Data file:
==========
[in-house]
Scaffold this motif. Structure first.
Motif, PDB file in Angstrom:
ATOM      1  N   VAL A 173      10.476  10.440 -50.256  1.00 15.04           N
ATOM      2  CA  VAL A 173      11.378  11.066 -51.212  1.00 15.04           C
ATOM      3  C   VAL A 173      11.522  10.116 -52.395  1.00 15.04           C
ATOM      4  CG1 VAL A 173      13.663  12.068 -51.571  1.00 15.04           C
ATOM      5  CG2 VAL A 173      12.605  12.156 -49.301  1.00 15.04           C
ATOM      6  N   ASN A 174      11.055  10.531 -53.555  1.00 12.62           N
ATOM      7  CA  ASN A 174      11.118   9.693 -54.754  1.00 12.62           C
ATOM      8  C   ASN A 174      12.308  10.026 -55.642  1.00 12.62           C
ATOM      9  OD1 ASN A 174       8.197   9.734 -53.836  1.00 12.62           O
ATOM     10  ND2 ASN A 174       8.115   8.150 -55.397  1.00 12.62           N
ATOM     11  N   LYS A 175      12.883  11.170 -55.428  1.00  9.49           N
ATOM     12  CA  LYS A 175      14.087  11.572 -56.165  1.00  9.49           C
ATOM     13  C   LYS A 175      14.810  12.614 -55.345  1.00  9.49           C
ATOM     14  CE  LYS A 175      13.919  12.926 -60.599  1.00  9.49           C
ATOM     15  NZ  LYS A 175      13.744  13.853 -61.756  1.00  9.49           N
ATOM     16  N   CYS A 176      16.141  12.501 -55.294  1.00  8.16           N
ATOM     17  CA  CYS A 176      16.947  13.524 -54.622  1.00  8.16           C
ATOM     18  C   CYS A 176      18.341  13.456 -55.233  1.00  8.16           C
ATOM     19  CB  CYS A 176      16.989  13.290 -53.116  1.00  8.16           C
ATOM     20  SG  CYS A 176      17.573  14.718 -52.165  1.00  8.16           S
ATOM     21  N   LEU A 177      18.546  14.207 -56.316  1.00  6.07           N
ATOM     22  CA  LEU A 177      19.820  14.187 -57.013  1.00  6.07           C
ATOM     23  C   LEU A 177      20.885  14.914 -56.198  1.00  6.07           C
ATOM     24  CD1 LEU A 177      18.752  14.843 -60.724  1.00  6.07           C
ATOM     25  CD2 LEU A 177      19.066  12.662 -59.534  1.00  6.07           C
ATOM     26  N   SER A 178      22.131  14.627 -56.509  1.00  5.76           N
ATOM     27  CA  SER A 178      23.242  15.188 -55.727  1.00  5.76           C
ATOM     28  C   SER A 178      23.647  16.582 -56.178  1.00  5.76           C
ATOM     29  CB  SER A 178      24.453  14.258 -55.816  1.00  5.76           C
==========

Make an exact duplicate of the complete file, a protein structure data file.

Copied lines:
[in-house]
Scaffold this motif. Structure first.
Motif, PDB file in Angstrom:
ATOM      1  N   VAL A 173      10.476  10.440 -50.256  1.00 15.04           N
ATOM      2  CA  VAL A 173      11.378  11.066 -51.212  1.00 15.04           C
ATOM      3  C   VAL A 173      11.522  10.116 -52.395  1.00 15.04           C
ATOM      4  CG1 VAL A 173      13.663  12.068 -51.571  1.00 15.04           C
ATOM      5  CG2 VAL A 173      12.605  12.156 -49.301  1.00 15.04           C
ATOM      6  N   ASN A 174      11.055  10.531 -53.555  1.00 12.62           N
ATOM      7  CA  ASN A 174      11.118   9.693 -54.754  1.00 12.62           C
ATOM      8  C   ASN A 174      12.308  10.026 -55.642  1.00 12.62           C
ATOM      9  OD1 ASN A 174       8.197   9.734 -53.836  1.00 12.62           O
ATOM     10  ND2 ASN A 174       8.115   8.150 -55.397  1.00 12.62           N
ATOM     11  N   LYS A 175      12.883  11.170 -55.428  1.00  9.49           N
ATOM     12  CA  LYS A 175      14.087  11.572 -56.165  1.00  9.49           C
ATOM     13  C   LYS A 175      14.810  12.614 -55.345  1.00  9.49           C
ATOM     14  CE  LYS A 175      13.919  12.926 -60.599  1.00  9.49           C
ATOM     15  NZ  LYS A 175      13.744  13.853 -61.756  1.00  9.49           N
ATOM     16  N   CYS A 176      16.141  12.501 -55.294  1.00  8.16           N
ATOM     17  CA  CYS A 176      16.947  13.524 -54.622  1.00  8.16           C
ATOM     18  C   CYS A 176      18.341  13.456 -55.233  1.00  8.16           C
ATOM     19  CB  CYS A 176      16.989  13.290 -53.116  1.00  8.16           C
ATOM     20  SG  CYS A 176      17.573  14.718 -52.165  1.00  8.16           S
ATOM     21  N   LEU A 177      18.546  14.207 -56.316  1.00  6.07           N
ATOM     22  CA  LEU A 177      19.820  14.187 -57.013  1.00  6.07           C
ATOM     23  C   LEU A 177      20.885  14.914 -56.198  1.00  6.07           C
ATOM     24  CD1 LEU A 177      18.752  14.843 -60.724  1.00  6.07           C
ATOM     25  CD2 LEU A 177      19.066  12.662 -59.534  1.00  6.07           C
ATOM     26  N   SER A 178      22.131  14.627 -56.509  1.00  5.76           N
ATOM     27  CA  SER A 178      23.242  15.188 -55.727  1.00  5.76           C
ATOM     28  C   SER A 178      23.647  16.582 -56.178  1.00  5.76           C
ATOM     29  CB  SER A 178      24.453  14.258 -55.816  1.00  5.76           C